The Politics of Logic’s “Everybody”

The beginning of May brought on one of the most hyped up albums of the year by none other than well-established Maryland rapper Logic, well-acclaimed as he entered the mainstream with previous projects such as “Under Pressure” and “The Incredible True Story” which were released just years ago. The album is appropriately titled “Everybody” for its wide range of concepts that practically talk about everybody. From topics like race, colonization, and slavery to mental illness and suicide packed within thirteen tracks, Logic creates a powerful amalgamation of hip-hop and social justice on a never-before-seen level in rap.

“When I started creating this album two years ago, it was before my other album was even out, I was writing, and it just so happened to be that a lot of the subject matter I’m discussing on this album, which is the fight for equality of every man, woman, and child regardless of race, religion, color, creed, and sexual orientation, because I believe that we are born equal, but we are not treated equally.”

To understand Logic’s new musical project, let us understand where he’s coming from.

Logic was born as Sir Robert Bryson Hall II, growing up in Gaithersburg, MD with a black father and a white mother. He spent much of his childhood in West Deer Park, one of the much poorer regions in the state. During his time there, he encountered the harmful activities of drugs and crime, witnessing events such as his parents growing addicted to cocaine and his brothers producing and selling drugs. Hall never graduated high school due to a notorious track record that led to his eventual expulsion. Concurrently with his rough upbringing was his love for rap music that eventually brought him into the underground scene and eventually today’s mainstream spotlight.

We see that he faces a tough intersection between race and class. Growing up biracial puts him in a difficult position that exposes him to critique and prejudice from both his black and white backgrounds. With his father absent most of his youth, he let the streets define his character rather than the examples led by a father figure. Growing up in West Deer Park exposed him to crime at an early age, normalizing harmful behaviors that Hall believed would have killed him had he not entered the rap scene.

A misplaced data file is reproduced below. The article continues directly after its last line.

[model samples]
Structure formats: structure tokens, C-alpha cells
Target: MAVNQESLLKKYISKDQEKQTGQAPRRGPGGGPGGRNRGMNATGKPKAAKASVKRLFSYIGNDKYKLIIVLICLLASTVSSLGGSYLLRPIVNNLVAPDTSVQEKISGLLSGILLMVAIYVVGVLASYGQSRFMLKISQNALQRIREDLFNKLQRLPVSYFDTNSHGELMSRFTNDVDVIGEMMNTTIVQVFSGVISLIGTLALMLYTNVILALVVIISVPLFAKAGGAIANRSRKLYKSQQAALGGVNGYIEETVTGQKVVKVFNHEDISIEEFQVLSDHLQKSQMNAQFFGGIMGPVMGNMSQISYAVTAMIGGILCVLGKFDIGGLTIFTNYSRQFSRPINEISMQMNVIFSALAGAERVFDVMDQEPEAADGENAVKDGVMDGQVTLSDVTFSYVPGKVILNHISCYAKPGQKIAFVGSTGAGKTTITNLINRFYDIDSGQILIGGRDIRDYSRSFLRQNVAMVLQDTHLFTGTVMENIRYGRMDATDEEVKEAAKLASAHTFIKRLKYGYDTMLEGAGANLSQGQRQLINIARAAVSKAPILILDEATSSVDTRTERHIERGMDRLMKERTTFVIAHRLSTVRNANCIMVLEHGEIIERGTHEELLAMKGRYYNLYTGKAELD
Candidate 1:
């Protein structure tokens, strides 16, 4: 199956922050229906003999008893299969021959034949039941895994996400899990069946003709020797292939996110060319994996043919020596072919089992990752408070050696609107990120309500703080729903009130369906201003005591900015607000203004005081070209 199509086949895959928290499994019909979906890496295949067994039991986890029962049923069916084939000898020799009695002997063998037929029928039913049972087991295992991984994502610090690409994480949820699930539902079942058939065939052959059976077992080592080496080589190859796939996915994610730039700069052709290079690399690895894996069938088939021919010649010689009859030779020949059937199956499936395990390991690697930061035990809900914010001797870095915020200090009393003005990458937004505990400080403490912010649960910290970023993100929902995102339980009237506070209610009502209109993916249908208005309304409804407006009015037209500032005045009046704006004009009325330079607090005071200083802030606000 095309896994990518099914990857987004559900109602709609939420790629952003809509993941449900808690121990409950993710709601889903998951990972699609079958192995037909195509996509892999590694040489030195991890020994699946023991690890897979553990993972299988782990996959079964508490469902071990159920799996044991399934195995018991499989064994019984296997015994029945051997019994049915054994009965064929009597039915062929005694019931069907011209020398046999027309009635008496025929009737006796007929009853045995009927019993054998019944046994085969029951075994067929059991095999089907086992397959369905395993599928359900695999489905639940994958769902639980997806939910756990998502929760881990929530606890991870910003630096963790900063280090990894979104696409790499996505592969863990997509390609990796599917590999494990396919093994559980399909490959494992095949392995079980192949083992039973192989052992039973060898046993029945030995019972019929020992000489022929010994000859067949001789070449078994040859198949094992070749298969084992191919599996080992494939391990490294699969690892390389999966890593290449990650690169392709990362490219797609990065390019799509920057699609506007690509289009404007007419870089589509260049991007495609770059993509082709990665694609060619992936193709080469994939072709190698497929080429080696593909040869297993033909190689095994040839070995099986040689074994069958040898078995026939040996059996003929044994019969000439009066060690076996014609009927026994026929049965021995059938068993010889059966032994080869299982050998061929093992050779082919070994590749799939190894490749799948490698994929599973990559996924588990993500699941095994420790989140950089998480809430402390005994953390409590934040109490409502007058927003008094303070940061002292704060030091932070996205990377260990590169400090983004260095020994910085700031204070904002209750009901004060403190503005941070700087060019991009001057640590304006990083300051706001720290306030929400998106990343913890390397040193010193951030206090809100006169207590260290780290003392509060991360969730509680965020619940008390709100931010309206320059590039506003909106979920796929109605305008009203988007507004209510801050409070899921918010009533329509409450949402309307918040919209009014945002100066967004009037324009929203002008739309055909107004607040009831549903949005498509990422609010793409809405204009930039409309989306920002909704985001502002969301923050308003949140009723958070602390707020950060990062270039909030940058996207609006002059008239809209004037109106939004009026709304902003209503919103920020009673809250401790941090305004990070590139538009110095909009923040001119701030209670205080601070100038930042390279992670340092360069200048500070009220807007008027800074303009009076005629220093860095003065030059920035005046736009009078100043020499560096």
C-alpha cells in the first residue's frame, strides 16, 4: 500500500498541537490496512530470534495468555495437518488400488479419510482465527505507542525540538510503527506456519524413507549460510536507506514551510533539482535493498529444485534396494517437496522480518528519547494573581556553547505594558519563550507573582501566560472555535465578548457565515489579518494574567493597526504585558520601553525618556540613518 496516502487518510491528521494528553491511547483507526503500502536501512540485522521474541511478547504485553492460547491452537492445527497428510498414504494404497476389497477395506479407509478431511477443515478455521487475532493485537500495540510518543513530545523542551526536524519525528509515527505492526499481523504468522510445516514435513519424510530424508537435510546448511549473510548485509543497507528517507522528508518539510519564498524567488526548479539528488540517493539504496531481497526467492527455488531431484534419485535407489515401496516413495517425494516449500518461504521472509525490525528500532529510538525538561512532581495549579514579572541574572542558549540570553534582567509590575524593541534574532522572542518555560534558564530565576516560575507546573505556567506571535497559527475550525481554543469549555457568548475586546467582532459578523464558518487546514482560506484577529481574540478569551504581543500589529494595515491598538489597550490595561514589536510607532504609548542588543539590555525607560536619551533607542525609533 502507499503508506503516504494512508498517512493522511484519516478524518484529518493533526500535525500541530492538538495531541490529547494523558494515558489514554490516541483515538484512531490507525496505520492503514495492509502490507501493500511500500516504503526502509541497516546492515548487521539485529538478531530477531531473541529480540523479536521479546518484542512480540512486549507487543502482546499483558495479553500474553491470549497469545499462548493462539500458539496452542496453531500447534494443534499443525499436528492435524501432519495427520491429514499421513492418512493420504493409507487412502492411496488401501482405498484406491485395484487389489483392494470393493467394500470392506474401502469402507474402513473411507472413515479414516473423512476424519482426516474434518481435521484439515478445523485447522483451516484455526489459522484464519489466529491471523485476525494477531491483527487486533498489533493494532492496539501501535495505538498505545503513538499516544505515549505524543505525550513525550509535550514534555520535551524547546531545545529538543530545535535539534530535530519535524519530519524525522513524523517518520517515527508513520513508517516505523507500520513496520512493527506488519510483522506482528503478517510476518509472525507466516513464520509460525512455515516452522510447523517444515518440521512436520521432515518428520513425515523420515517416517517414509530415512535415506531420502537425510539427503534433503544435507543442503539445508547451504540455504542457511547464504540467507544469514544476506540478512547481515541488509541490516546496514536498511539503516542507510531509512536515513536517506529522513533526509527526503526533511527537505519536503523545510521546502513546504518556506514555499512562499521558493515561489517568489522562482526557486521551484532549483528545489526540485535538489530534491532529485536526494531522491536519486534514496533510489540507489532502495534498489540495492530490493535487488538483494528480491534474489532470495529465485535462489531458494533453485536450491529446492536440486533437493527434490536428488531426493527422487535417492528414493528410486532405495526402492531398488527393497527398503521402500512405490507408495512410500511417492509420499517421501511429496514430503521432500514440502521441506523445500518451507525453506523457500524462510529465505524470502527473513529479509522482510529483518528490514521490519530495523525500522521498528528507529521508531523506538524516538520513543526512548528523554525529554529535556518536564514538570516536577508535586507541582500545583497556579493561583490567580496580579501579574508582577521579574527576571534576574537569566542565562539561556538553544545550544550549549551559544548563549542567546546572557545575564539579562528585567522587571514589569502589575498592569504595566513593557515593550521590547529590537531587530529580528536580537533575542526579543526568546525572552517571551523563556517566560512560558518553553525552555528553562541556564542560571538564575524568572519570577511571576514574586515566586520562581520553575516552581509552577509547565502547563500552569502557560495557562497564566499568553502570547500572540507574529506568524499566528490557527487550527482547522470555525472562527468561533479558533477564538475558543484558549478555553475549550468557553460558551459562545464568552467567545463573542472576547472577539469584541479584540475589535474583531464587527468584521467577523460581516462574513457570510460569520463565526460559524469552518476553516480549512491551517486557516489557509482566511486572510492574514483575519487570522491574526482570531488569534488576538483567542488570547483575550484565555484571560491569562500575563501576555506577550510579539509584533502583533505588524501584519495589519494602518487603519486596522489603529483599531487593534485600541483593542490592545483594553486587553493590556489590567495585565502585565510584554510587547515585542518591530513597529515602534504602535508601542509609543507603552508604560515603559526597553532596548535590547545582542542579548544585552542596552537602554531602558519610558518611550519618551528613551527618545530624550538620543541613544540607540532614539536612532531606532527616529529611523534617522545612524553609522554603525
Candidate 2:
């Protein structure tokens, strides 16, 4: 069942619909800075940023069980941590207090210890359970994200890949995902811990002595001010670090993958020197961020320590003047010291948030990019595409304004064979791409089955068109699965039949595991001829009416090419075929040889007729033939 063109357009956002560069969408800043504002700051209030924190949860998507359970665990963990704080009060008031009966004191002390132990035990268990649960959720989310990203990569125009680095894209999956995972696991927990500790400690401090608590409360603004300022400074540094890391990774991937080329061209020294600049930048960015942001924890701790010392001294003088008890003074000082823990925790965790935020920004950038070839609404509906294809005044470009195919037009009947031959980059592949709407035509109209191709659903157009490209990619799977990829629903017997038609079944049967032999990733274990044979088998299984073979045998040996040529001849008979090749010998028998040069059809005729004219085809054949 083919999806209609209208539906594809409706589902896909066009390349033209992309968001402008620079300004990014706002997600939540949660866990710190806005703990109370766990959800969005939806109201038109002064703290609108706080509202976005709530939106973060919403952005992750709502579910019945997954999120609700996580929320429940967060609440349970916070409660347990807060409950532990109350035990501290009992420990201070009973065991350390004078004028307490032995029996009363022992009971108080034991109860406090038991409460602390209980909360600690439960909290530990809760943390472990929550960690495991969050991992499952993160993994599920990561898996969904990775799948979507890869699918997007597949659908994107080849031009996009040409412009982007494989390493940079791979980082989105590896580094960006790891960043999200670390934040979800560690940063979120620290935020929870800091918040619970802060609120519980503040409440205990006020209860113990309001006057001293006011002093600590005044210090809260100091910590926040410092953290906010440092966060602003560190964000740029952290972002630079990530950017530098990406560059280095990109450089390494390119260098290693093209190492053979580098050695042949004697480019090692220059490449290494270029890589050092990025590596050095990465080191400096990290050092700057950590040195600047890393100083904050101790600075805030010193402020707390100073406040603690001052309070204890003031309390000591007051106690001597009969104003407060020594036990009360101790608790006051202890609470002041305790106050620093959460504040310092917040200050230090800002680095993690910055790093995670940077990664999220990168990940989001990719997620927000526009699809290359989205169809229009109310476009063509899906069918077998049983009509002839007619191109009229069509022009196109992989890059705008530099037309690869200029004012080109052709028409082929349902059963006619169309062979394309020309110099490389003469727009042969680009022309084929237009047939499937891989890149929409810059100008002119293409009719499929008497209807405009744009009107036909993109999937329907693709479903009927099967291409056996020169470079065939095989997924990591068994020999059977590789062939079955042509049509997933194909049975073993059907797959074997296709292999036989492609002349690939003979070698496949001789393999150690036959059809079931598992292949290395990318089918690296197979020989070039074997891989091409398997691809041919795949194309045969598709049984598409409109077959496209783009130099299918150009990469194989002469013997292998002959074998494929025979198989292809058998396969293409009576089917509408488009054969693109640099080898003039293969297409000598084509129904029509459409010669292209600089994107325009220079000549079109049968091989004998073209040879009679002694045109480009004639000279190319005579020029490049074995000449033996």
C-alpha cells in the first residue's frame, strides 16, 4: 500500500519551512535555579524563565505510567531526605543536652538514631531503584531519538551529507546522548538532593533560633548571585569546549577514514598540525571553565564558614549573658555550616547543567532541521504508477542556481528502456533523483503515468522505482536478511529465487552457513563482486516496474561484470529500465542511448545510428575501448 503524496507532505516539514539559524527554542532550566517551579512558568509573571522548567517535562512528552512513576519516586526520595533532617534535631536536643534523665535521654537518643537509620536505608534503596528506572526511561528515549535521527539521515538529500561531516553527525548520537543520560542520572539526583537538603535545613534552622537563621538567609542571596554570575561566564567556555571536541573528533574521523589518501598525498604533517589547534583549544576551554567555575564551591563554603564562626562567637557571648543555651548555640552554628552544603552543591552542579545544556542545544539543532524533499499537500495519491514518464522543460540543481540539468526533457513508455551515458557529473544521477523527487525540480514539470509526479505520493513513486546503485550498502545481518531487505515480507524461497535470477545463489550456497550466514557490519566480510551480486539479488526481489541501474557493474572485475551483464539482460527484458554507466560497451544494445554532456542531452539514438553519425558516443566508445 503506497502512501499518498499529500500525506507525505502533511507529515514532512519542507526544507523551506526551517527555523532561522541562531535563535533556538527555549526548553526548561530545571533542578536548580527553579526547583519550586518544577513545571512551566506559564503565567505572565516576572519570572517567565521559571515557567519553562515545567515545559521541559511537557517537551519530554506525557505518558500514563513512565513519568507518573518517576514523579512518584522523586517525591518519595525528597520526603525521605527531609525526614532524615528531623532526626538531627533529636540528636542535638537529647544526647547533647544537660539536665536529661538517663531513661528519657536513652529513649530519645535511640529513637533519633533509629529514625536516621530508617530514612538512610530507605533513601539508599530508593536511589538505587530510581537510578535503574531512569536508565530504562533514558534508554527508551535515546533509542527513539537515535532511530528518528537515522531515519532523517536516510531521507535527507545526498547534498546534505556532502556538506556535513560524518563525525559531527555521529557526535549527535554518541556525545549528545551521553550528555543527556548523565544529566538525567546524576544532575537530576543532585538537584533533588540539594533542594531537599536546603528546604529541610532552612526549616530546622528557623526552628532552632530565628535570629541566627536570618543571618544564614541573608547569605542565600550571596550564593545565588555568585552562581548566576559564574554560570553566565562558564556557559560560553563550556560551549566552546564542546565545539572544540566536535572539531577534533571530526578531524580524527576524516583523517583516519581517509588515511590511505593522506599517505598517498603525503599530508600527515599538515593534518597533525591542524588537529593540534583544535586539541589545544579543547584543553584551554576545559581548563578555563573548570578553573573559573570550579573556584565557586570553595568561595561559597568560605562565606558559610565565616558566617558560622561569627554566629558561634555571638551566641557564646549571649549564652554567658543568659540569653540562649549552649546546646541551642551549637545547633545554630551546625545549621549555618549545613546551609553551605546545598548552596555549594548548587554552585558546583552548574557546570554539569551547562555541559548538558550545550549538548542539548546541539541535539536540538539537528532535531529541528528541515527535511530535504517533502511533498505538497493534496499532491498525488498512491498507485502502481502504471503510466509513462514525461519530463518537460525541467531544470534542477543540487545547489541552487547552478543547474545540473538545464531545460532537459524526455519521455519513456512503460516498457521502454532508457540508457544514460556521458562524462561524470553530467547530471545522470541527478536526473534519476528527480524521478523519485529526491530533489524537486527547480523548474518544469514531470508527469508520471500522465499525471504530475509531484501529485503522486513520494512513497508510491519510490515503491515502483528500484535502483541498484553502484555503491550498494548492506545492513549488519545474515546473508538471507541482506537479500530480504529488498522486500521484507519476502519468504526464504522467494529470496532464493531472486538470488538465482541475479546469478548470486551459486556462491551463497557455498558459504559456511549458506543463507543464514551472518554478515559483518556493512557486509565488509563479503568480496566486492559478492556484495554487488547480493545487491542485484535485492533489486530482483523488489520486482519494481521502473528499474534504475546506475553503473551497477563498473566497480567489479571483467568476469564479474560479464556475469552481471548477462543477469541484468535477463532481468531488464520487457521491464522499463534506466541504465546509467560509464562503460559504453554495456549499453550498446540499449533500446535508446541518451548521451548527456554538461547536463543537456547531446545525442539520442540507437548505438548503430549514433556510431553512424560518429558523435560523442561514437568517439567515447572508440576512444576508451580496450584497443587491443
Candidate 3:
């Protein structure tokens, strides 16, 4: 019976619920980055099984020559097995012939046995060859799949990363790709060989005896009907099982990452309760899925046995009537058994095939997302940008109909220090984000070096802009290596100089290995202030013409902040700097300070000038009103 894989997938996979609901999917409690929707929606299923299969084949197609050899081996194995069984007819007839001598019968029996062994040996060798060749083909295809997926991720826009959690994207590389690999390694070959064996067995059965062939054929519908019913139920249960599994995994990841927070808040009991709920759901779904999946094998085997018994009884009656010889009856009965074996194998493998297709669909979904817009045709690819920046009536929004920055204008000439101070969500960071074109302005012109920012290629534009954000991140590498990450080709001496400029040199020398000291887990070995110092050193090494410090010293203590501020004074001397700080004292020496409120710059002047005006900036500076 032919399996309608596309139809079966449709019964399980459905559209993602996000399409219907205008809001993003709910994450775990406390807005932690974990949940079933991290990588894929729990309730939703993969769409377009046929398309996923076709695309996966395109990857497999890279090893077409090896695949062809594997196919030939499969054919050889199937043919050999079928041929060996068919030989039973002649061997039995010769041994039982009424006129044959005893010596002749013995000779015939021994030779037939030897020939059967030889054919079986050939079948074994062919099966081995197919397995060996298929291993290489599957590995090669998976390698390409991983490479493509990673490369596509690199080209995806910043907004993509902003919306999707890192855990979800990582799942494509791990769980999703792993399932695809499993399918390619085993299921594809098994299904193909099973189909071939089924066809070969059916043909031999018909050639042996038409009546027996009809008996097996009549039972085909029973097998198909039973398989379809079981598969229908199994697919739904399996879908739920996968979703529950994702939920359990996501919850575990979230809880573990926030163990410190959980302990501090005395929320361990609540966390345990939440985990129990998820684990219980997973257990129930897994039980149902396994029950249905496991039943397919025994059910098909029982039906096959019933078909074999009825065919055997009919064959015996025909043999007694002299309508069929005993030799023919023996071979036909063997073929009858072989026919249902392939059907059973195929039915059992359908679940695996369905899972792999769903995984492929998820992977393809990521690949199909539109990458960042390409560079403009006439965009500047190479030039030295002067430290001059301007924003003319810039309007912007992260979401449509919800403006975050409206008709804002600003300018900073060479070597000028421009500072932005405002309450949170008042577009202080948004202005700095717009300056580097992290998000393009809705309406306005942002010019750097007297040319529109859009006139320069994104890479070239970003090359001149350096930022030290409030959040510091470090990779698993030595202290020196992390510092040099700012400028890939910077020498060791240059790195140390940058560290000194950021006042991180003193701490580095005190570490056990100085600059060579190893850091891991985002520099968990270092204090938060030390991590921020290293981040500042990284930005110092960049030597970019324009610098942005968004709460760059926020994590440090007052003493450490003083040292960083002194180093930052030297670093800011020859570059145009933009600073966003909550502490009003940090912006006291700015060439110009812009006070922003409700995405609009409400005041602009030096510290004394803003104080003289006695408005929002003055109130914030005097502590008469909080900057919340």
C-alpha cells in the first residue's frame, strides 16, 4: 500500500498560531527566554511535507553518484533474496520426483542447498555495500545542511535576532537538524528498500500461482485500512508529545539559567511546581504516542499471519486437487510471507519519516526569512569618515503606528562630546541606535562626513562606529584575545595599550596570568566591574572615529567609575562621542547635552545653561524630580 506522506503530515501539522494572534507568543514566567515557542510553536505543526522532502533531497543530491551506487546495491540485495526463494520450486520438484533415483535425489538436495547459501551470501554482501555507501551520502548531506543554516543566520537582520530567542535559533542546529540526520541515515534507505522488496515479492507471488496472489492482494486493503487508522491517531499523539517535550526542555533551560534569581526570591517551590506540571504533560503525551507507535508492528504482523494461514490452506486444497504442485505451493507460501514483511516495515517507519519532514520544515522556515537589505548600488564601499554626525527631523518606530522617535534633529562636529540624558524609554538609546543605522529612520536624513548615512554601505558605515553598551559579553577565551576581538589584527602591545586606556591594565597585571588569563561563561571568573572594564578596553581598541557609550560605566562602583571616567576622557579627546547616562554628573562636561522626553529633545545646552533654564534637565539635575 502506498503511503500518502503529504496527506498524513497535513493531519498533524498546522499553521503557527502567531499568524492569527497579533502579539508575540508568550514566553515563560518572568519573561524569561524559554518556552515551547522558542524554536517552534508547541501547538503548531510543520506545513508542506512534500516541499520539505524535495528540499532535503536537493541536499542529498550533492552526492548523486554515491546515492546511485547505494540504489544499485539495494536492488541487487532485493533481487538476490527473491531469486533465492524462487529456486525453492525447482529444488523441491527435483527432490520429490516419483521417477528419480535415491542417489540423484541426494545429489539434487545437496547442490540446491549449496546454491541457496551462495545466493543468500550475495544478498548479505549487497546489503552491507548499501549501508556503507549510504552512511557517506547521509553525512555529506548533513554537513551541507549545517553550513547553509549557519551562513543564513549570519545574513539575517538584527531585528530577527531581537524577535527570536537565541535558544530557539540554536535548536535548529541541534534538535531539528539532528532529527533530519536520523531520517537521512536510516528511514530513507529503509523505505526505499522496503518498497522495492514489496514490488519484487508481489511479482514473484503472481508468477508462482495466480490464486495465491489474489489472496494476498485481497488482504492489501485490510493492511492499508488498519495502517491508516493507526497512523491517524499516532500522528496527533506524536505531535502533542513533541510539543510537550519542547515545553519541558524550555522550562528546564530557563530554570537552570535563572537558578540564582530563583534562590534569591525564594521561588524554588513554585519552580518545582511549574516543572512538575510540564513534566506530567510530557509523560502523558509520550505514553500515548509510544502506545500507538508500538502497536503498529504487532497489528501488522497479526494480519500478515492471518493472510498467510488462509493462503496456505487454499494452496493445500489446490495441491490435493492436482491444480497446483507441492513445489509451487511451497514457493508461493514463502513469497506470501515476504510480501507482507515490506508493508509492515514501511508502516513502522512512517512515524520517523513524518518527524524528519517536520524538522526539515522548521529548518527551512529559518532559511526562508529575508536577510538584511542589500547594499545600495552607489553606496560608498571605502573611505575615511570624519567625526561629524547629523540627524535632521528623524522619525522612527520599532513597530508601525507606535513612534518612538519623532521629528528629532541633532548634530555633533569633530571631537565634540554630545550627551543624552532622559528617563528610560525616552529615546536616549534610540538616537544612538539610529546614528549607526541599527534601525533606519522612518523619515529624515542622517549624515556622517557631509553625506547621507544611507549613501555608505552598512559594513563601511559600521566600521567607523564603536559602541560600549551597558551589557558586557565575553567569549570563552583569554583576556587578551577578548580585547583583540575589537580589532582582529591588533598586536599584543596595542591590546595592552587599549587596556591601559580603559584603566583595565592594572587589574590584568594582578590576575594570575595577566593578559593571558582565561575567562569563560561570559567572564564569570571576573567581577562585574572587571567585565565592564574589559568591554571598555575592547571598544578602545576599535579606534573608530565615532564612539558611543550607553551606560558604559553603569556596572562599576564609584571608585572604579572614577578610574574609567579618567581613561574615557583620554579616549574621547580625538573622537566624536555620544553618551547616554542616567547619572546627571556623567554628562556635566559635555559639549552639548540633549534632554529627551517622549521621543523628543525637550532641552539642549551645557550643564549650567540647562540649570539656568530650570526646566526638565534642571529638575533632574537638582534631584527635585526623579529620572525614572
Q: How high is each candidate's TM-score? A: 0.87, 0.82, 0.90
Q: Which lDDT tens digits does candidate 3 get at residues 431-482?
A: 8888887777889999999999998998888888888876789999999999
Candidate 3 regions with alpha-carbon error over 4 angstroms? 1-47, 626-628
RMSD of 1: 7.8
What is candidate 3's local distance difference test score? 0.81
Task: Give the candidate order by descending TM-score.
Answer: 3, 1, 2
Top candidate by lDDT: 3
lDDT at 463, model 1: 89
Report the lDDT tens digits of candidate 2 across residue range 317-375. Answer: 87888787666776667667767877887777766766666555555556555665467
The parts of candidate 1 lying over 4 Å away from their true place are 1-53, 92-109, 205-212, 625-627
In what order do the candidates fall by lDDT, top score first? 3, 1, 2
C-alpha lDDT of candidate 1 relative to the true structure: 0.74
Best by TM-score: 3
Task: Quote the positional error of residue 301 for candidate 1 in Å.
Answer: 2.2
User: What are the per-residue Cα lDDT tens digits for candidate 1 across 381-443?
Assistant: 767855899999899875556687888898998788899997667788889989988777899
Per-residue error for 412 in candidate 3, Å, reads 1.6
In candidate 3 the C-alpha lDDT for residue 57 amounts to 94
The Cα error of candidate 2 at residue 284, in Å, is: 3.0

“‘What would you do if you weren’t rapping?’ And I say I’d probably be dead or in jail. Because it was in my path to sell drugs, and to run the streets …”

Logic’s “Everybody” is the most complicated project within his discography, and sets a powerful precedent for the politicization of rap music. Though what Logic tries to achieve through rap music is nothing new with well-established artists such as Kendrick Lamar and Joey Bada$$ tackling the same topics on works such as “To Pimp a Butterfly” and “ALL AMERIKKKAN BADASS” respectively, there is something intrinsic to “Everybody” that is more directly political: subtlety.

“Everybody”, from my perspective, serves two main purposes for Logic’s listeners, the first being an exploration and understanding of where Logic comes from, the second being a consciousness-raising for the big picture of society and its constituent social interactions that create many of the issues Logic talks about, such as racism and stigmatized mental illness. The political implication? Bringing to light many of these issues through rap music. Logic realizes that his music is powerful and can help people, leading him to create a project with the arduous (but necessary) task of giving everybody a voice.

Logic was right, his music is powerful. With the thousands upon thousands that bought his album during the first week (thrusting him to the top of the charts) came thousands upon thousands who gained a greater understanding of both themselves and everybody around them. There is no mainstream project so innately and purposely political with the difficult task of creating mass consciousness that addresses multiple, if not, all, social locations of Logic’s listeners, and though critics argue there are multiple shortfalls in Hall’s journey to end inequalities, Logic sets a powerful precedent by taking such a risk of further politicizing his music.

With every political movement and advocacy comes debate, and “Everybody” is no stranger. There is widespread controversy over the methodology and sociopolitical implications of “Everybody”, most notably those criticizing the ways in which Logic executes the concepts rather than the concepts themselves. Many argue that the depth and analysis of the concepts are sacrificed in the wake of endlessly repeated bars, songs that simply throw out the concepts rather than taking the time to add true meaning. Though those of different social locations may interpret the merit of Logic’s work differently, there is some truth to those critics. Let us not occupy ourselves with endless critiques of Logic, but rather understand how his work serves as one of many precursors (alongside Joey Bada$$, J. Cole, Kendrick Lamar, and many, many, others) and added foundation to political music.

Let us also center music such as “Everybody” and “ALL AMERIKKKAN BADASS” in discussions on how we can further generate useful strategies for creating more political access and consciousness. With the many controversies of “Everybody” comes dialogue on methodology, useful dialogues that can create new methods for us to eventually lead to the end of inequality. The knowledge generated by listening to political music projects helps build a foundation for greater understanding of the very issues that many of us struggle with creating discussion, paving the way for more insightful conversations that breed better strategies. Soon, we can begin to make the right demands, and do the best we can to secure a greater future for our people.